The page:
United States District Court, E.D. New York
October 4, 2014
FAUSTO FERNANDEZ, Plaintiff,
ON TIME READY MIX, INC., Defendant.
MEMORANDUM DECISION AND ORDER
BRIAN M. COGAN, District Judge.
Plaintiff commenced this action under the Fair Labor Standards Act ("FLSA"), 29 U.S.C. § 201 et seq., the New York Minimum Wage Act, and New York Labor Law, seeking unpaid overtime compensation from Defendant On Time Ready Mix, Inc. ("On Time"). Plaintiff was employed by On Time as a truck driver from approximately the end of 2012 until April 2014. Presently before the Court is plaintiff's Motion  to Certify FLSA Collective Action, which seeks conditional certification as a collective action under Section 216(b) of the FLSA and court-authorized notice to all similarly situated drivers employed by Defendant from August 18, 2011 to the present. To facilitate such notice, plaintiff also moves for an order directing defendant to provide a list of the names and addresses of potential collective action members.
Plaintiff has not met even the minimal standard for obtaining approval for court-authorized notice, and his motion is therefore denied.
Under the FLSA, an employee may bring a collective action on behalf of himself and others "similarly situated" provided that any employee wishing to join the action gives written consent to the court. See 29 U.S.C. § 216(b). The Second Circuit has held that district courts may facilitate FLSA collective actions by authorizing the distribution of notice to any potential plaintiffs to inform them of their ability to opt in to the collective action. See Myers v. Hertz Corp., 624 F.3d 537, 554 (2d Cir. 2010).
A district court may authorize an opt-in notice for a collective action if the plaintiff has demonstrated that the potential collective action members are "similarly situated" with respect to the alleged FLSA violation. See id. at 555; Cohen v. Gerson Lehrman Grp., Inc., 686 F.Supp.2d 317, 326 (S.D.N.Y. 2010). Although the FSLA does not explicitly define the phrase "similarly situated, " the Second Circuit has held that plaintiffs can meet this burden by making a "modest factual showing' that they and potential opt-in plaintiffs together were victims of a common policy or plan that violated the law.'" Myers, 624 F.3d at 555 (quoting Hoffman v. Sbarro, 982 F.Supp. 249, 261 (S.D.N.Y. 1997)). The Second Circuit and numerous district courts within it have acknowledged that the plaintiff's burden at this initial stage is minimal. See id.; Sobczak v. AWL Indus., Inc., 540 F.Supp.2d 354, 362 (E.D.N.Y. 2007).
Courts do not require proof of an actual FLSA violation by the employer. Instead, a plaintiff must show "a factual nexus... between the plaintiff's situation and the situation of other potential plaintiffs." Sobczak, 540 F.Supp.2d at 362 (internal citations omitted). This preliminary determination is often based on pleadings, affidavits, and declarations submitted by the party seeking conditional certification. See Moore v. Eagle Sanitation, Inc., 276 F.R.D. 54, 58 (E.D.N.Y. 2011). Employee affidavits must set forth "a defendant's plan or scheme to not pay overtime compensation" and must identify "by name similarly situated employees." Sobczak, 540 F.Supp.2d at 362.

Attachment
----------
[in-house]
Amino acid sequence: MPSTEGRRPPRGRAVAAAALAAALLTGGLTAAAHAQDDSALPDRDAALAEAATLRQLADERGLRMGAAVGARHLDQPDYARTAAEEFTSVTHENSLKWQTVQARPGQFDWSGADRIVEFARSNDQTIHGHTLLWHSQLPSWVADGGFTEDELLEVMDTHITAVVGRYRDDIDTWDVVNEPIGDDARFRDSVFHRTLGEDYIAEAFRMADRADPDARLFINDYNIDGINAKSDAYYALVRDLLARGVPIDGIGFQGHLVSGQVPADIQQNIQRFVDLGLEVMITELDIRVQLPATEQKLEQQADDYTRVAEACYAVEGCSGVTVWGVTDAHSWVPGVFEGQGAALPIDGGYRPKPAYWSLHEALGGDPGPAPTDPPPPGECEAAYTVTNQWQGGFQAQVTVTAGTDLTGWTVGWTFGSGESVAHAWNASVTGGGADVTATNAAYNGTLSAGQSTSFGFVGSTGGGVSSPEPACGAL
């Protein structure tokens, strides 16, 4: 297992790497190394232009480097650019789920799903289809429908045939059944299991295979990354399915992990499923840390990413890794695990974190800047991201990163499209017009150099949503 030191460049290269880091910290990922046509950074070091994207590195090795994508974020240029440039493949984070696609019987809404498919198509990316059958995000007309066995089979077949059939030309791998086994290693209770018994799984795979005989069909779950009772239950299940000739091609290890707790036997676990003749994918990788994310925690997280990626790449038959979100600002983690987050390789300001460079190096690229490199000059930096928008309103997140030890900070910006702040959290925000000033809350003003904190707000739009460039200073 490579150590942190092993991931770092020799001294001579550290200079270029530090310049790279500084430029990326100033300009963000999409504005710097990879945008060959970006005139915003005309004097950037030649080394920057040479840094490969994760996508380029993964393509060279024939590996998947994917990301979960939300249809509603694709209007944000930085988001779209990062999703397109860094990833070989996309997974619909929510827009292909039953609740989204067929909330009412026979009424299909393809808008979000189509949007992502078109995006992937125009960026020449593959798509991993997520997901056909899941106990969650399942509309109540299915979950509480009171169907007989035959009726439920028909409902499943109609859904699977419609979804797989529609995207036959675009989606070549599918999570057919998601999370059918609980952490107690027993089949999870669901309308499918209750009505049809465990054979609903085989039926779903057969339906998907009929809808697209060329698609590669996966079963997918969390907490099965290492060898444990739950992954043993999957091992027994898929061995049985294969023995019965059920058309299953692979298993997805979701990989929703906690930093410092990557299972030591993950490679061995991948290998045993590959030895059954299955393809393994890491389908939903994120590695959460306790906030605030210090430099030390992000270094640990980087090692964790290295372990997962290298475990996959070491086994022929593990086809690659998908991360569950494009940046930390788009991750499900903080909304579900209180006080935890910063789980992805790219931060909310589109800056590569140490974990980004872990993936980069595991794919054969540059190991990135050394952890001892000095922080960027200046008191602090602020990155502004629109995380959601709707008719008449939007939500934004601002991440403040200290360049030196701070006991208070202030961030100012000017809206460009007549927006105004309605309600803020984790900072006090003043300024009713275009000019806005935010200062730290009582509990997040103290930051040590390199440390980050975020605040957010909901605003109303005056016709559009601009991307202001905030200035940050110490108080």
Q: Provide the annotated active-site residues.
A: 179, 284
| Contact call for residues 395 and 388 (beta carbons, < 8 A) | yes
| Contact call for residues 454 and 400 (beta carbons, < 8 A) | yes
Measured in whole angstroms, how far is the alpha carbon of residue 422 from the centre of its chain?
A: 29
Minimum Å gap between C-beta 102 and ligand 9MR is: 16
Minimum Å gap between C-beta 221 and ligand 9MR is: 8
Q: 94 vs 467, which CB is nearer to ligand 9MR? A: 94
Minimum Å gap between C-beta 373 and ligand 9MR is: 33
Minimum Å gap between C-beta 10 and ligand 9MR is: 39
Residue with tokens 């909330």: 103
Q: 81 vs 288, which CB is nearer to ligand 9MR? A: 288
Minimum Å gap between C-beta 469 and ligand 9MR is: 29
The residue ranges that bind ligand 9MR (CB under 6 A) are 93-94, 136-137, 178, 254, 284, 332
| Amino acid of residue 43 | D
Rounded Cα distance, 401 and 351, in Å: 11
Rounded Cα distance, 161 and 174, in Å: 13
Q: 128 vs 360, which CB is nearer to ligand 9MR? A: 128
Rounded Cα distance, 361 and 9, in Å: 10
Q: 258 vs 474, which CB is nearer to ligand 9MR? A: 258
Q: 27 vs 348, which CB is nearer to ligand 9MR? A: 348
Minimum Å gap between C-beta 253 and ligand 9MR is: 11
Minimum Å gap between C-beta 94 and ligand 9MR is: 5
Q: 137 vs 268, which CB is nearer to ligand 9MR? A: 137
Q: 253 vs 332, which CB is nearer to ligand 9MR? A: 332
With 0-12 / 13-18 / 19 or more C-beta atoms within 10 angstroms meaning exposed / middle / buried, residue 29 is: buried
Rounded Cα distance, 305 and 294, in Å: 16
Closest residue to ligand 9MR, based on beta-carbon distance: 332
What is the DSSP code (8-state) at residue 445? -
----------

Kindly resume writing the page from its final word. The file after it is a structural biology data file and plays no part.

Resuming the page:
Here, plaintiff fails to meet even this relaxed standard. Plaintiff's declaration alleges only that "all of the drivers employed by the Defendant" were subject to defendant's policies not to pay overtime compensation and that he learned these facts from conversations with some of those drivers. However, plaintiff does not identify any of the other similarly situated employees by name, instead referring to them as "drivers" or "co-workers." Such omission is fatal to plaintiff's motion. See Khan v. Airport Mgmt. Servs., LLC., No. 10 Civ. 7735, 2011 WL 5597371, at *4-5 (S.D.N.Y. Nov. 16, 2011) (rejecting plaintiff's motion for conditional certification where plaintiff alleged personal knowledge that "[defendants] hired at least 40... similar newsstand workers, " but where plaintiff did not identify those workers by name or specify the source for his claim); Jin Yun Zheng v. Good Fortune Supermarket Grp. (USA), Inc., No. 13-cv-60, 2013 WL 5132023, at *5 (E.D.N.Y. Sept. 12, 2013) (finding that plaintiff did not meet the conditional certification standard for, among other reasons, failing to identify a single employee that suffered the same illegal policies).
The reason for requiring at least some specific information is obvious. There is no way to test what plaintiff has stated. We might as well just take his word for it that he has talked to some number of unnamed other workers, made his own evaluation of what they have told him, and authorize the sending of notice on his say-so. But minimal as the test is, it is more than that. Plaintiff's conclusory reference to conversations with other unnamed drivers about defendant's allegedly illegal practices, without more, does not allege that even one other driver employed by defendant was actually subject to the same allegedly illegal practices. The paucity of information about these conversations, including who plaintiff spoke to and what they discussed, underscores that plaintiff has not established a "factual nexus" between his situation and that of the other drivers, none of whom may actually have been victims of defendant's allegedly illegal policies.
It is one thing to allow hearsay on this kind of motion. It is quite another to allow hearsay coupled with vague generalities and conclusions that give no information at all about the employer's practices towards others. Plaintiff's motion would effectively eliminate any standard of proof for collective action notice. The law is not that lenient.